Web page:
A powerful recounting of the 1993 U.S. military operation in Somalia in which two black hawk helicopters are shot down over the hostile city of Mogadishu
The Bottom Line
This is truly a “must see” film, even for the squeamish
The Full Review
While Black Hawk Down may not be the best American film of the year; it is certainly the most important one. Unfortunately, many people will avoid seeing this film for the very reason they should see it. Adapted from Mark Bowden’s best selling book of the same name, Black Hawk Down tells of the fateful military operation in Mogadishu, Somalia in October 1993 that resulted in the death of 18 U.S. soldiers (estimates of Somali fighters killed number as much as 1,000). What was intended to be a “routine” Special Forces operation to extricate the genocidal warlord Mohammed Farrah Aidid, turned out to be (or at least was perceived to be) a disastrous episode for the U.S. military that had wide-ranging implications for U.S. foreign policy for the remainder of the decade.
Director Ridley Scott‘s quasi-documentary approach to shooting the film lands the viewer directly in the middle of the action. The violence is relentless and for a punishing 90 minutes the audience has no place to hide. To suggest that an hour and a half of discomfort in a movie theater could offer even a taste of the true chaotic terror that those American soldiers endured for 15 straight hours would be laughable. But, it would be nearly impossible for those who choose to see Black Hawk Down (perhaps most for those normally too squeamish to see such a film) to leave the theater without having a greater appreciation and empathy for the young men and women who put their lives on the line each day protecting U.S. security interests (and do so whether they agree or disagree with U.S. involvement in any particular military action).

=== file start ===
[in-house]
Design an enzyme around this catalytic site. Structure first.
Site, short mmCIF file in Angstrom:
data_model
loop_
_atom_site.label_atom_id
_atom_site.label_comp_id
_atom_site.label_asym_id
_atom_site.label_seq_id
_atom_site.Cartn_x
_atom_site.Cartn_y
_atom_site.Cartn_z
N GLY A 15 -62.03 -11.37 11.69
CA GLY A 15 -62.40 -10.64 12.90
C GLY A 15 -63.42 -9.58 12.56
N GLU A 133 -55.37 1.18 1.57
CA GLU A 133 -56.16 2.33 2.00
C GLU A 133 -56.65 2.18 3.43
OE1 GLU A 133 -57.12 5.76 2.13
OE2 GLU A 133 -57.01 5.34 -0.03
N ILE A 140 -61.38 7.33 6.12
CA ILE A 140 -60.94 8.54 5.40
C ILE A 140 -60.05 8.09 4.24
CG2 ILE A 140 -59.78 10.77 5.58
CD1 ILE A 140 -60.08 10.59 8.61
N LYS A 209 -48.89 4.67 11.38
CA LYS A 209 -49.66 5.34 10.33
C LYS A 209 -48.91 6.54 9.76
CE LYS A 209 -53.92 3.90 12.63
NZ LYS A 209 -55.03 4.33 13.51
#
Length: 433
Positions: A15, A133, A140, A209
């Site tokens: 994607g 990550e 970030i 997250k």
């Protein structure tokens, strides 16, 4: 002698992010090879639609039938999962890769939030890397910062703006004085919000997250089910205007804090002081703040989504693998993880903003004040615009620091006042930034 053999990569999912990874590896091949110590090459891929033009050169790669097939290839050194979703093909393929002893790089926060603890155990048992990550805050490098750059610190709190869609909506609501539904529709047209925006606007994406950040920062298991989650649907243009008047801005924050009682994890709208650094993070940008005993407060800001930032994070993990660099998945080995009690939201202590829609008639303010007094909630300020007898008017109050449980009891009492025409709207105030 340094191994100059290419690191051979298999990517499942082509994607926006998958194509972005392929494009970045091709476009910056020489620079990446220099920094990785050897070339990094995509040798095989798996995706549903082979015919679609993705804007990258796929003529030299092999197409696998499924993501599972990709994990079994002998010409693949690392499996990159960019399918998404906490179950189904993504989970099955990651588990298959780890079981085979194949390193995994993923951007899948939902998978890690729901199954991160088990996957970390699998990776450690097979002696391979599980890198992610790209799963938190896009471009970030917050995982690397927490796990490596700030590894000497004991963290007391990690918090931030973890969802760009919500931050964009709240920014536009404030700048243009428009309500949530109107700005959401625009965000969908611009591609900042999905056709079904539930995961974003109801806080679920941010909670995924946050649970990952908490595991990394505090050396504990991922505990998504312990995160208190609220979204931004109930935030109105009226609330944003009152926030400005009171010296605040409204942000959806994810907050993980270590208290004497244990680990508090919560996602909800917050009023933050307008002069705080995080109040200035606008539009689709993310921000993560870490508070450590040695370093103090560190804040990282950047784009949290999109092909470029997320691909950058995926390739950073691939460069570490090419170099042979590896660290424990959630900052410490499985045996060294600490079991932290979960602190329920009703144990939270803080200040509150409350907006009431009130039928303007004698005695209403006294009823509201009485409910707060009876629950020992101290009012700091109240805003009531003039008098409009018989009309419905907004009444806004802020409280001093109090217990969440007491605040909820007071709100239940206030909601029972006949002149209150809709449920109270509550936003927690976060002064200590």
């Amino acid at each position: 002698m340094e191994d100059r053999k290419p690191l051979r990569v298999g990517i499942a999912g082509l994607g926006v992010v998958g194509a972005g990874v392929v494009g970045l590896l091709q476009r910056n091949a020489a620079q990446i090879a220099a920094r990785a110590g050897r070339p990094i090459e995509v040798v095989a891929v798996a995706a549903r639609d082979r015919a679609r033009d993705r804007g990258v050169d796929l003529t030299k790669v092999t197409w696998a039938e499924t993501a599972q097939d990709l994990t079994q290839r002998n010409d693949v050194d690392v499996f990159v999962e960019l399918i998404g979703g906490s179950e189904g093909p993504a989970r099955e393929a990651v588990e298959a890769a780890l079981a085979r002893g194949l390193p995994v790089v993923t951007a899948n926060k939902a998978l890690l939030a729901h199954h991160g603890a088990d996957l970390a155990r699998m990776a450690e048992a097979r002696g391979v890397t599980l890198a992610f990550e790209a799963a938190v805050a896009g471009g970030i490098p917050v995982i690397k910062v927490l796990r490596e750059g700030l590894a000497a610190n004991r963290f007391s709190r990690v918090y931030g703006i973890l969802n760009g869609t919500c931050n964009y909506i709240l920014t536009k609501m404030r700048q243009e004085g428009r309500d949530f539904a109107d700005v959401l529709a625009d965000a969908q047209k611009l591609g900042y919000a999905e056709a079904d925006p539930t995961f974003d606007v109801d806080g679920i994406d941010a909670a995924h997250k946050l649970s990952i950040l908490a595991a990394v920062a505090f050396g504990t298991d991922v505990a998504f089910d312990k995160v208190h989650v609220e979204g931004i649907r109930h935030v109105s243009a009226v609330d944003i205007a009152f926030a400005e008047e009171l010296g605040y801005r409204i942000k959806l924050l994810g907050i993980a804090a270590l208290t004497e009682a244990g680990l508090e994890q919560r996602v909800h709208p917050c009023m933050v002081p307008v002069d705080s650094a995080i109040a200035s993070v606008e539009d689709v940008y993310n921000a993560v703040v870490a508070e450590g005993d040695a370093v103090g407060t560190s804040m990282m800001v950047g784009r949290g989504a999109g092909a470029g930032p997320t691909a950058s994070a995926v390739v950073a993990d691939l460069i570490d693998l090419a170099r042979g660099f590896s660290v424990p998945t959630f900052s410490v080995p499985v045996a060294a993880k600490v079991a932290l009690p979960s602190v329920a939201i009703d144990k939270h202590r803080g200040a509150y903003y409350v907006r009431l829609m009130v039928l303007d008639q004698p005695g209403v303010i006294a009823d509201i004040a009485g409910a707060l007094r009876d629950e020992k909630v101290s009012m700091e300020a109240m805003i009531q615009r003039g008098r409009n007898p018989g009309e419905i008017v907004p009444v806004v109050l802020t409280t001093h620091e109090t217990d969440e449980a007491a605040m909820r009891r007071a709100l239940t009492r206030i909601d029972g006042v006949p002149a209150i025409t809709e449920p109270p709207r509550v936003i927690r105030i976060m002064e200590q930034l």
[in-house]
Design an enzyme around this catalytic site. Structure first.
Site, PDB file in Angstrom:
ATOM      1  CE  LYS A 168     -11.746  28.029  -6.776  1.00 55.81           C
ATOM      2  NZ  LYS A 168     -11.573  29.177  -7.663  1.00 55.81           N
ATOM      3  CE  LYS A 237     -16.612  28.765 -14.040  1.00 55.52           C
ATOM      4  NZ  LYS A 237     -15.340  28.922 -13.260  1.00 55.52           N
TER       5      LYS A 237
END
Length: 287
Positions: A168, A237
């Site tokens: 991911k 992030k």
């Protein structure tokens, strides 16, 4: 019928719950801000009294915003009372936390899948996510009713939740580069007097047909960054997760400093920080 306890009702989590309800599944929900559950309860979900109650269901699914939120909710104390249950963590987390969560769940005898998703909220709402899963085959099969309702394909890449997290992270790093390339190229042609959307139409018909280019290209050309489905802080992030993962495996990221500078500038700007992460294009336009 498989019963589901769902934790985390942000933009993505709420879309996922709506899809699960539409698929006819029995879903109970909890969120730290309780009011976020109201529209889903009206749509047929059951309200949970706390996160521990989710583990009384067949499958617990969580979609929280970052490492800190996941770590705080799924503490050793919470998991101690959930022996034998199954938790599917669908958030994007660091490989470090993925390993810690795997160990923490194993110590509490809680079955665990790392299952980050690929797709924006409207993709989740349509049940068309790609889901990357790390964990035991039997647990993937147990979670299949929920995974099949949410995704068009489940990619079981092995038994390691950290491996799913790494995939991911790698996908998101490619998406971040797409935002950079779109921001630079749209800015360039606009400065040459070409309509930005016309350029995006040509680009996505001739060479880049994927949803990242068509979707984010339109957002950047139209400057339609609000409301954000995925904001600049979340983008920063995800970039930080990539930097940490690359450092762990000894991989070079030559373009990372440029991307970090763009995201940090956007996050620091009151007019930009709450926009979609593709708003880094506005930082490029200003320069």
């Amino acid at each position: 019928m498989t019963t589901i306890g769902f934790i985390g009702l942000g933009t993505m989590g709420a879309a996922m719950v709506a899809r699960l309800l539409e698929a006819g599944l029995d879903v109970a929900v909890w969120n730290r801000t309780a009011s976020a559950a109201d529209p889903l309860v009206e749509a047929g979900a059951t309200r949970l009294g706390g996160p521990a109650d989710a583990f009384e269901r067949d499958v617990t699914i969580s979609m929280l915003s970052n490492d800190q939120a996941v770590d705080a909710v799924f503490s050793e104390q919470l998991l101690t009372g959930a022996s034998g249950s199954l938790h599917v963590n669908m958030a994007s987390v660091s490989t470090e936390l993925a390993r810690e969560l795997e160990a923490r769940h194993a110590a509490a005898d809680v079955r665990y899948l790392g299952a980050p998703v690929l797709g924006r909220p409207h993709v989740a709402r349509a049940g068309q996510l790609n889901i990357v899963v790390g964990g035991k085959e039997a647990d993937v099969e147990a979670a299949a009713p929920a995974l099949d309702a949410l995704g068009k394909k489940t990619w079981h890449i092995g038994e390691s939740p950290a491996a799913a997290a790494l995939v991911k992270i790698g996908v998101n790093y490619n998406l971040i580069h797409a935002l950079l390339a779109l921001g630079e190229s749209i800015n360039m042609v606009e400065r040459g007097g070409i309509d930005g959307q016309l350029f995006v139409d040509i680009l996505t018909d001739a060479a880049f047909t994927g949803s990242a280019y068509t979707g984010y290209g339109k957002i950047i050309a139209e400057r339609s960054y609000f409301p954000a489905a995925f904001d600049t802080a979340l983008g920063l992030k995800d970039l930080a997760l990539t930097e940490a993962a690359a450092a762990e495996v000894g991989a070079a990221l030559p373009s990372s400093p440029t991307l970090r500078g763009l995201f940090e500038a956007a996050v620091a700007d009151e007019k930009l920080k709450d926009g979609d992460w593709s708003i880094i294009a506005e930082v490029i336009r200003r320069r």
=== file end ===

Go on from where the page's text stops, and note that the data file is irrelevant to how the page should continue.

The film does not pretend that these soldiers were without flaws. It is made clear that seemingly minor mistakes by several of the soldiers could have, and in some cases did, lead to dire consequences. This somehow makes these soldiers and all that happened to them seem more real and perhaps allows us to believe the film’s lead character, played by Josh Hartnett, when, at the film’s end, he says, “Nobody asks to be a hero. It just sometimes turns out that way.”
Strong direction from Ridley Scott
Terrific cinematography from Slavomir Idziak and production design by Arthur Max
Strong cast (although the strength of the cast was relatively unimportant in this film)
One unnecessarily manipulative scene in which a soldier attempts to reach his wife at home by phone just before leaving for the military operation. The wife is scene entering the house as the soldier’s voice is heard completing his loving message on the answering machine (guess what happens to him).
May view some of the dialogue as a bit too preachy
Violence: Significant – some extremely graphic
Humor: Very little
Buy the best-selling book from Amazon.com